The potential for the growing restaurant industry to revive a lifeless job market is limited by both bad jobs and racial segregation. The industry’s many poverty-wage jobs are disproportionately held by people of color and the livable-wage jobs, mostly server and bartender positions in fine dining restaurants, are disproportionately held by Whites.
In collaboration with the National Employment Law Project (NELP), ROC United released “The Case for Eliminating the Tipped Minimum Wage in Washington, D.C.” in May 2016.
The report responds to legislation to raise D.C.’s wage floor to $15 and increase the subminimum tipped wage to 50 percent of the full minimum wage proposed by Mayor Muriel Bowser and the Council of the District of Columbia. While an improvement compared to current law, the Mayor’s proposal would nonetheless leave behind a significant number of low-wage workers—namely, the nearly 29,000 workers in D.C. that work in predominantly tipped occupations. Under the current law, employers can pay these workers just $2.77 per hour, as long as tips cover the difference between the regular minimum wage and the subminimum tipped wage.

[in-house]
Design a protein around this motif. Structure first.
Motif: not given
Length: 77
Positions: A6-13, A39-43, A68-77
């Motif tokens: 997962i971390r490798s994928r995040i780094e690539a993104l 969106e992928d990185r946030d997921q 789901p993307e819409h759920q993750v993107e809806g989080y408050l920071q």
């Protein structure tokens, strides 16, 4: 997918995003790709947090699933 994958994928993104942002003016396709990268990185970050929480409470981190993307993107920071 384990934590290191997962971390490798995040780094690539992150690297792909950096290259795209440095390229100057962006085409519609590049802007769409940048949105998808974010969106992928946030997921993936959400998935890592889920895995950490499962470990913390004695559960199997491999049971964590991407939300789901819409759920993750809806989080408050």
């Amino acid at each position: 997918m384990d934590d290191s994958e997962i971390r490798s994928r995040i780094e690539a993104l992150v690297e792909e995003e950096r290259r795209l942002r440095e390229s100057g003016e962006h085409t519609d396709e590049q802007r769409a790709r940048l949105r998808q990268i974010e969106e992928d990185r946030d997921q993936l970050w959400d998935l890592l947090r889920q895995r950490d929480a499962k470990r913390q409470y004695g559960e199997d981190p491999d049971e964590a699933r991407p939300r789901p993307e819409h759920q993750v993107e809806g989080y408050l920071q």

Being forced to rely largely, or entirely, on tips for income, D.C., tipped workers unsurprisingly experience poverty at nearly twice the rate of other D.C. workers, and women feel the impact of the tipped minimum wage most acutely—women are twice as likely to live in poverty as the male tipped workers. And despite the restaurant industry’s claims that tipped servers and bartenders earn high incomes in D.C., the median wage for tipped servers was just $9.58 per hour, including tips, between 2012 and 2015, according to the Bureau of Labor Statistics. This median wage is just slightly higher than the full minimum wage for that period.
ROC-DC member Jessica Martin knows all too well the hardships of living off tips: “Working over 50 hours a week I still never received a paycheck because my wages were too low to cover taxes. We need One Fair Wage to lift thousands of DC workers and residents out of near poverty conditions and institutionalized worker discrimination.”
Tipped workers’ reliance on tip for income also forces them to tolerate sexual harassment and other inappropriate behavior from customers, co-workers, and management. Workers in states with a tipped minimum wage like D.C. are twice as likely to experience sexually harassing behavior in the workplace, and over 90 percent of restaurant workers surveyed in D.C. reported experiencing some form of sexualized behavior while at work.
The evidence is mounting that the restaurant industry is thriving in cities such as San Francisco, Seattle, and SeaTac, Washington—all of which have approved a $15 minimum wage for all workers, including tipped workers. Since Seattle passed its trailblazing $15 minimum wage, the number of food services and beverage industry business licenses issued by the city has increased by 6 percent. The evidence also shows that a One Fair Wage system will not lead to the elimination of tipping or significant drops in tipping rates. The restaurant industry in D.C. can afford “One Fair Wage”—that is, the elimination of a subminimum wage for tipped workers in favor of one fair wage for all workers.